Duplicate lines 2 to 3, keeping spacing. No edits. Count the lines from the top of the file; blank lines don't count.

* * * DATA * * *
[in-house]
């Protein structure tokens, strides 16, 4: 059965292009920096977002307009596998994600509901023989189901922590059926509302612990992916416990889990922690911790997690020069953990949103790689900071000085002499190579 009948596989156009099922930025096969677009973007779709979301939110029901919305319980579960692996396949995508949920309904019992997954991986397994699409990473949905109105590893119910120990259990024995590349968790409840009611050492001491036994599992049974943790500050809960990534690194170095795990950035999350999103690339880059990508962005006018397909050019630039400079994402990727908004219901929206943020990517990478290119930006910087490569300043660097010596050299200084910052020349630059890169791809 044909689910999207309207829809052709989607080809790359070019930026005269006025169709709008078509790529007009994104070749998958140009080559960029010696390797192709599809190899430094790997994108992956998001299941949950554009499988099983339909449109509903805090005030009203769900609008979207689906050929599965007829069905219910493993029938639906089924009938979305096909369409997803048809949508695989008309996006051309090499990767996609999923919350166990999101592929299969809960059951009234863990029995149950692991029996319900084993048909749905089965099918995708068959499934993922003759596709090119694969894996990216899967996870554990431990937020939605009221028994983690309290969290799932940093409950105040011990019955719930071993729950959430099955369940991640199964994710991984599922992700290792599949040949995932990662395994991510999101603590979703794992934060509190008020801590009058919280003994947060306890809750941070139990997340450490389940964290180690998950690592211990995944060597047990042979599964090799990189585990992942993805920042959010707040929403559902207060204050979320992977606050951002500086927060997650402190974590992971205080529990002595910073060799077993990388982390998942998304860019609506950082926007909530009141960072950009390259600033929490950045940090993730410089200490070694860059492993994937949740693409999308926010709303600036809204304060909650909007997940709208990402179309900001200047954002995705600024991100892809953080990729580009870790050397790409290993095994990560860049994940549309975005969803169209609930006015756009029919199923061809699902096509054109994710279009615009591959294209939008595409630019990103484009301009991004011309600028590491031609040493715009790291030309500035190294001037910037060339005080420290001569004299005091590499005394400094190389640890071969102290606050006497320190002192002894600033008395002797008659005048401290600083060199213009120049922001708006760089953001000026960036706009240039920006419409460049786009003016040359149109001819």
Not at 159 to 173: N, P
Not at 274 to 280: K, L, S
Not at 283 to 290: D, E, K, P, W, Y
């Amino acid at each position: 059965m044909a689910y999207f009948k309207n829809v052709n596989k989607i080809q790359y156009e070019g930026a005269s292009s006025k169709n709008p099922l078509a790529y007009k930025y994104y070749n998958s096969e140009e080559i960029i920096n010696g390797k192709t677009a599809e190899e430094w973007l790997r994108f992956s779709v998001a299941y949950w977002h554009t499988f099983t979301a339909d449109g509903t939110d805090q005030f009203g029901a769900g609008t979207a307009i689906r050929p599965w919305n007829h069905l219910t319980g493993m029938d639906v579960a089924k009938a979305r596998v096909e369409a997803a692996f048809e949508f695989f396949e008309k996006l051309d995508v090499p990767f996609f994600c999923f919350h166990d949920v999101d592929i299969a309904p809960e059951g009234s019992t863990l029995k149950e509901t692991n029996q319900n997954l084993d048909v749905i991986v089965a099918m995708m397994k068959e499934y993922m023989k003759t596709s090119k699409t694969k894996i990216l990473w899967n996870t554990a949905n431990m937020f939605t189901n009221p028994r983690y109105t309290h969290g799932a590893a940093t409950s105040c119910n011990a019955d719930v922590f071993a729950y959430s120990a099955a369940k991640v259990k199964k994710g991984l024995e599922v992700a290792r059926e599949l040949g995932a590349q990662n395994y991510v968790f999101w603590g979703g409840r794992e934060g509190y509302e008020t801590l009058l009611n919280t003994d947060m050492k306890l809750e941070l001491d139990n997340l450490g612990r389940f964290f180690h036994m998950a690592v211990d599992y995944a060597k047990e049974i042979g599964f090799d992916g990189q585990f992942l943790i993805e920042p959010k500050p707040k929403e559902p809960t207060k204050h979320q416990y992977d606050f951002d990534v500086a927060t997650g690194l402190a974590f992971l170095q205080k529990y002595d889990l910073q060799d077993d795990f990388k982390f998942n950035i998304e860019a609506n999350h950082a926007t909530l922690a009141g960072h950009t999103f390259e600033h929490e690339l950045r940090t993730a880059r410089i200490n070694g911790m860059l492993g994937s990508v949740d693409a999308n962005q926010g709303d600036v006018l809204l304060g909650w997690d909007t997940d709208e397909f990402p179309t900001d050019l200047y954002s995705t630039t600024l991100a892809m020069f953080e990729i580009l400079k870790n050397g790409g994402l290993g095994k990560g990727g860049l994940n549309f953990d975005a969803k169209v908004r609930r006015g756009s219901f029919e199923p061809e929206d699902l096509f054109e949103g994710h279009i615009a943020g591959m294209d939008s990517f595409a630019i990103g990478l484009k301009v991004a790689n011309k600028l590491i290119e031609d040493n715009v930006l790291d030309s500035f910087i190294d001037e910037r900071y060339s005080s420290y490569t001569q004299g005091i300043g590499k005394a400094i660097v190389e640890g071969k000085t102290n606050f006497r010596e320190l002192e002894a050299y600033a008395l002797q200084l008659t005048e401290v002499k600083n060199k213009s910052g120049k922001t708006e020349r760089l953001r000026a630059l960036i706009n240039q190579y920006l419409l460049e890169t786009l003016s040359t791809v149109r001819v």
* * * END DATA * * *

């Protein structure tokens, strides 16, 4: 059965292009920096977002307009596998994600509901023989189901922590059926509302612990992916416990889990922690911790997690020069953990949103790689900071000085002499190579 009948596989156009099922930025096969677009973007779709979301939110029901919305319980579960692996396949995508949920309904019992997954991986397994699409990473949905109105590893119910120990259990024995590349968790409840009611050492001491036994599992049974943790500050809960990534690194170095795990950035999350999103690339880059990508962005006018397909050019630039400079994402990727908004219901929206943020990517990478290119930006910087490569300043660097010596050299200084910052020349630059890169791809 044909689910999207309207829809052709989607080809790359070019930026005269006025169709709008078509790529007009994104070749998958140009080559960029010696390797192709599809190899430094790997994108992956998001299941949950554009499988099983339909449109509903805090005030009203769900609008979207689906050929599965007829069905219910493993029938639906089924009938979305096909369409997803048809949508695989008309996006051309090499990767996609999923919350166990999101592929299969809960059951009234863990029995149950692991029996319900084993048909749905089965099918995708068959499934993922003759596709090119694969894996990216899967996870554990431990937020939605009221028994983690309290969290799932940093409950105040011990019955719930071993729950959430099955369940991640199964994710991984599922992700290792599949040949995932990662395994991510999101603590979703794992934060509190008020801590009058919280003994947060306890809750941070139990997340450490389940964290180690998950690592211990995944060597047990042979599964090799990189585990992942993805920042959010707040929403559902207060204050979320992977606050951002500086927060997650402190974590992971205080529990002595910073060799077993990388982390998942998304860019609506950082926007909530009141960072950009390259600033929490950045940090993730410089200490070694860059492993994937949740693409999308926010709303600036809204304060909650909007997940709208990402179309900001200047954002995705600024991100892809953080990729580009870790050397790409290993095994990560860049994940549309975005969803169209609930006015756009029919199923061809699902096509054109994710279009615009591959294209939008595409630019990103484009301009991004011309600028590491031609040493715009790291030309500035190294001037910037060339005080420290001569004299005091590499005394400094190389640890071969102290606050006497320190002192002894600033008395002797008659005048401290600083060199213009120049922001708006760089953001000026960036706009240039920006419409460049786009003016040359149109001819």
Not at 159 to 173: N, P